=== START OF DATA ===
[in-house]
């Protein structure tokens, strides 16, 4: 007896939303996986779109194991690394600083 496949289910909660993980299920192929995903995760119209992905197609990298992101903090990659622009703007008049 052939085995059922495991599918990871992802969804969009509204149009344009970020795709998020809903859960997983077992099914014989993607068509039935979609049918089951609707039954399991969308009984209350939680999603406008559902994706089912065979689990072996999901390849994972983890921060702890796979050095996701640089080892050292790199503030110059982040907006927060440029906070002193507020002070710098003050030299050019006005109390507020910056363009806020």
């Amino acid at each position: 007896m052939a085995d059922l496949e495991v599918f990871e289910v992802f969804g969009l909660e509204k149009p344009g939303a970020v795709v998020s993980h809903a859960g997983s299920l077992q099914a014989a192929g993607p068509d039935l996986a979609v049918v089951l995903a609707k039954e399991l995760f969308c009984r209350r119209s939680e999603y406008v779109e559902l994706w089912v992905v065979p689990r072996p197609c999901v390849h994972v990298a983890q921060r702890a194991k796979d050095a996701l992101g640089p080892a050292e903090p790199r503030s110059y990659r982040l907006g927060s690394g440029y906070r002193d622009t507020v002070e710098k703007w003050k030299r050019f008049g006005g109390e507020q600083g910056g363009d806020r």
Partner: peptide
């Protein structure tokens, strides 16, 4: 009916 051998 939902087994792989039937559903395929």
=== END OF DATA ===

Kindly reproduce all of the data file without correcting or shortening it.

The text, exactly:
[in-house]
């Protein structure tokens, strides 16, 4: 007896939303996986779109194991690394600083 496949289910909660993980299920192929995903995760119209992905197609990298992101903090990659622009703007008049 052939085995059922495991599918990871992802969804969009509204149009344009970020795709998020809903859960997983077992099914014989993607068509039935979609049918089951609707039954399991969308009984209350939680999603406008559902994706089912065979689990072996999901390849994972983890921060702890796979050095996701640089080892050292790199503030110059982040907006927060440029906070002193507020002070710098003050030299050019006005109390507020910056363009806020």
């Amino acid at each position: 007896m052939a085995d059922l496949e495991v599918f990871e289910v992802f969804g969009l909660e509204k149009p344009g939303a970020v795709v998020s993980h809903a859960g997983s299920l077992q099914a014989a192929g993607p068509d039935l996986a979609v049918v089951l995903a609707k039954e399991l995760f969308c009984r209350r119209s939680e999603y406008v779109e559902l994706w089912v992905v065979p689990r072996p197609c999901v390849h994972v990298a983890q921060r702890a194991k796979d050095a996701l992101g640089p080892a050292e903090p790199r503030s110059y990659r982040l907006g927060s690394g440029y906070r002193d622009t507020v002070e710098k703007w003050k030299r050019f008049g006005g109390e507020q600083g910056g363009d806020r």
Partner: peptide
């Protein structure tokens, strides 16, 4: 009916 051998 939902087994792989039937559903395929």